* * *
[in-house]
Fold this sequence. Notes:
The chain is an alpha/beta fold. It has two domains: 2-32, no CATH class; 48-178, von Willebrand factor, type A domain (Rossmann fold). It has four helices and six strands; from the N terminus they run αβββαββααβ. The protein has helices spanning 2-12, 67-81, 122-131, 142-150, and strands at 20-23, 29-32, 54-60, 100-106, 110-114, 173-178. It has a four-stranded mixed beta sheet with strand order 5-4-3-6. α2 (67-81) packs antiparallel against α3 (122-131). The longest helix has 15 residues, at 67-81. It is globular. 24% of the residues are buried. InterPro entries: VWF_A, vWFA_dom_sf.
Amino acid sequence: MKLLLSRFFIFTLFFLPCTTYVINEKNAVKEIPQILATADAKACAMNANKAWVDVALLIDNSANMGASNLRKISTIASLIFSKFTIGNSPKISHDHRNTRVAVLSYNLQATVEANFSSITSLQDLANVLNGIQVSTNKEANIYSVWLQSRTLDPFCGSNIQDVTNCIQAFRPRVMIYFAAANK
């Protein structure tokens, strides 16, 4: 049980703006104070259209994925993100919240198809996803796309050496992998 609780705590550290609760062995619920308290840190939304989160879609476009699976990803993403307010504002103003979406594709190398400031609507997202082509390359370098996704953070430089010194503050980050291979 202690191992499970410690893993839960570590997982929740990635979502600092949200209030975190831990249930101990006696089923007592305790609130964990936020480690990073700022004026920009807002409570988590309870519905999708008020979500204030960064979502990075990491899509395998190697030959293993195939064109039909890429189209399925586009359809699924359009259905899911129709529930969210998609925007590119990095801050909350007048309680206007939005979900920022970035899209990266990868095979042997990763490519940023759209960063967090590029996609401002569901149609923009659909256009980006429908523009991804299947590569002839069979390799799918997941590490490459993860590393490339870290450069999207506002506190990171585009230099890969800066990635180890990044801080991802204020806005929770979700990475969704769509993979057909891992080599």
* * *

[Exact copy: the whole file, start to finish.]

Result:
[in-house]
Fold this sequence. Notes:
The chain is an alpha/beta fold. It has two domains: 2-32, no CATH class; 48-178, von Willebrand factor, type A domain (Rossmann fold). It has four helices and six strands; from the N terminus they run αβββαββααβ. The protein has helices spanning 2-12, 67-81, 122-131, 142-150, and strands at 20-23, 29-32, 54-60, 100-106, 110-114, 173-178. It has a four-stranded mixed beta sheet with strand order 5-4-3-6. α2 (67-81) packs antiparallel against α3 (122-131). The longest helix has 15 residues, at 67-81. It is globular. 24% of the residues are buried. InterPro entries: VWF_A, vWFA_dom_sf.
Amino acid sequence: MKLLLSRFFIFTLFFLPCTTYVINEKNAVKEIPQILATADAKACAMNANKAWVDVALLIDNSANMGASNLRKISTIASLIFSKFTIGNSPKISHDHRNTRVAVLSYNLQATVEANFSSITSLQDLANVLNGIQVSTNKEANIYSVWLQSRTLDPFCGSNIQDVTNCIQAFRPRVMIYFAAANK
């Protein structure tokens, strides 16, 4: 049980703006104070259209994925993100919240198809996803796309050496992998 609780705590550290609760062995619920308290840190939304989160879609476009699976990803993403307010504002103003979406594709190398400031609507997202082509390359370098996704953070430089010194503050980050291979 202690191992499970410690893993839960570590997982929740990635979502600092949200209030975190831990249930101990006696089923007592305790609130964990936020480690990073700022004026920009807002409570988590309870519905999708008020979500204030960064979502990075990491899509395998190697030959293993195939064109039909890429189209399925586009359809699924359009259905899911129709529930969210998609925007590119990095801050909350007048309680206007939005979900920022970035899209990266990868095979042997990763490519940023759209960063967090590029996609401002569901149609923009659909256009980006429908523009991804299947590569002839069979390799799918997941590490490459993860590393490339870290450069999207506002506190990171585009230099890969800066990635180890990044801080991802204020806005929770979700990475969704769509993979057909891992080599």